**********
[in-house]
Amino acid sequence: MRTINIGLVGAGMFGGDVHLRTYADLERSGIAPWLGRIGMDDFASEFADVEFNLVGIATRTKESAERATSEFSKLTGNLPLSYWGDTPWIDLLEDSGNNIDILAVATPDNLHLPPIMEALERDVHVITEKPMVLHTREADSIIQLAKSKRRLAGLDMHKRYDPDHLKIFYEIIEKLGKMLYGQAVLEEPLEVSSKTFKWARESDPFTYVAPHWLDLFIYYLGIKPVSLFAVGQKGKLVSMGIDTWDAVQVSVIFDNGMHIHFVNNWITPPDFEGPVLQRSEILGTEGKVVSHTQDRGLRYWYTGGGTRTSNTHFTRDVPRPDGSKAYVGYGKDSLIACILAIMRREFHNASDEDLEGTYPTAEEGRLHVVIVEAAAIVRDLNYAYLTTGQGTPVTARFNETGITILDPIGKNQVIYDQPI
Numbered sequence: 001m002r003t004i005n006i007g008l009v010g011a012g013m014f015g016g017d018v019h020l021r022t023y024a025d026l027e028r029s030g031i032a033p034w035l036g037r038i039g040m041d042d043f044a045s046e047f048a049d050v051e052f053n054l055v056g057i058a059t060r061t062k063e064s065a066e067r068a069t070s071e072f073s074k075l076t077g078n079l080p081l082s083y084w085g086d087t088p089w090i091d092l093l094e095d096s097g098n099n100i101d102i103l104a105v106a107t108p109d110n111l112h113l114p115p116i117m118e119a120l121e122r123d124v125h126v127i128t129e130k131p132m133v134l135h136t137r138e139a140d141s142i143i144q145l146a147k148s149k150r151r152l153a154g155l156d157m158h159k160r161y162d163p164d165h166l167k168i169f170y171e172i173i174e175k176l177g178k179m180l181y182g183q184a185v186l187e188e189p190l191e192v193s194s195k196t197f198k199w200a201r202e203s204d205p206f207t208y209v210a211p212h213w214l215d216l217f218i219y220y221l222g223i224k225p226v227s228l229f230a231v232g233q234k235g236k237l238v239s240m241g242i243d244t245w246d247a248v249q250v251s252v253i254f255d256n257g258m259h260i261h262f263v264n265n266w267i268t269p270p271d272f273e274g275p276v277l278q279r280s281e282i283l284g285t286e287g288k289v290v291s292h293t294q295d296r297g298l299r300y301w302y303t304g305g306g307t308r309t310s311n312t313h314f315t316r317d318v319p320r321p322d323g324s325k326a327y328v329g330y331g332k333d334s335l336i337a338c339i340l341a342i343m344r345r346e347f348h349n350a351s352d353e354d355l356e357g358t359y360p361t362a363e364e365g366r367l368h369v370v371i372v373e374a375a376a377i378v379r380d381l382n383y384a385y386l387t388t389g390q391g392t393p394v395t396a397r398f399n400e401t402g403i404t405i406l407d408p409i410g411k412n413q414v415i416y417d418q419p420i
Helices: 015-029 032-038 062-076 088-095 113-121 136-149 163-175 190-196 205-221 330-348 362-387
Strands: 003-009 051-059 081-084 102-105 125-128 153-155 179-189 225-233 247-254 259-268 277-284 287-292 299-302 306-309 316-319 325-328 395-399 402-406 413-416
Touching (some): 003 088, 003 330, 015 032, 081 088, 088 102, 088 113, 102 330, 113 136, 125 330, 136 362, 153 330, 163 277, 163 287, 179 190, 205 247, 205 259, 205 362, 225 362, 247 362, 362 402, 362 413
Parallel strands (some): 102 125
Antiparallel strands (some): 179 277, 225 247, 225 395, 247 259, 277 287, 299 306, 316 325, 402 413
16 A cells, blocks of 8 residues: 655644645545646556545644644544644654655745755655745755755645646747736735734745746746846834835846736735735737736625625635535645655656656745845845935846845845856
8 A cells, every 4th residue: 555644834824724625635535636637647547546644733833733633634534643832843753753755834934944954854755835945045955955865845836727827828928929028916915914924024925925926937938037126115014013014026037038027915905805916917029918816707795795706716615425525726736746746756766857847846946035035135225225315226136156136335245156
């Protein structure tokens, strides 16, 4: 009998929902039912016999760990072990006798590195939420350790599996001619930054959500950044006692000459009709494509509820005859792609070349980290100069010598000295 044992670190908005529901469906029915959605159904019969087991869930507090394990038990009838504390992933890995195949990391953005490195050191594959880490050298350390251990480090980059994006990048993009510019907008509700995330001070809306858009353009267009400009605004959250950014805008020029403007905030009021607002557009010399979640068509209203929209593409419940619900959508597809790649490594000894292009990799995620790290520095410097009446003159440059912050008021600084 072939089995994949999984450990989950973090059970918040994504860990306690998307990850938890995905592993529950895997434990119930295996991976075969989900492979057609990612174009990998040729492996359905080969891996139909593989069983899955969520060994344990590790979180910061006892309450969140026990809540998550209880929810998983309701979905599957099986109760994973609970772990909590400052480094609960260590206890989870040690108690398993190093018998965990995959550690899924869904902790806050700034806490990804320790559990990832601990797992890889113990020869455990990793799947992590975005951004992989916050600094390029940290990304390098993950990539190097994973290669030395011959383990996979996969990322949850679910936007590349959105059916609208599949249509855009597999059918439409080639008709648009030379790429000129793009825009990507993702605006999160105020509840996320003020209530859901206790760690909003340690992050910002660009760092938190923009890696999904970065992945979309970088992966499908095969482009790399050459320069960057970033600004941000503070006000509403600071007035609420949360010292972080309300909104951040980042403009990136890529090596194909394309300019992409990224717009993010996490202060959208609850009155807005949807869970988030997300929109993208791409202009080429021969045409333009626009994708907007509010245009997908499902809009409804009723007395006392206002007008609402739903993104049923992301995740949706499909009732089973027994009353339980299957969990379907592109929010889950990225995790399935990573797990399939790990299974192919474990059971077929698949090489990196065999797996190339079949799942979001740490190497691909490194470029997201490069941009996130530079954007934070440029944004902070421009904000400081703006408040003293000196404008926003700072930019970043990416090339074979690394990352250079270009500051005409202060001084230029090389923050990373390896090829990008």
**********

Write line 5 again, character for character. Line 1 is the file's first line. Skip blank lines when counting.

Strands: 003-009 051-059 081-084 102-105 125-128 153-155 179-189 225-233 247-254 259-268 277-284 287-292 299-302 306-309 316-319 325-328 395-399 402-406 413-416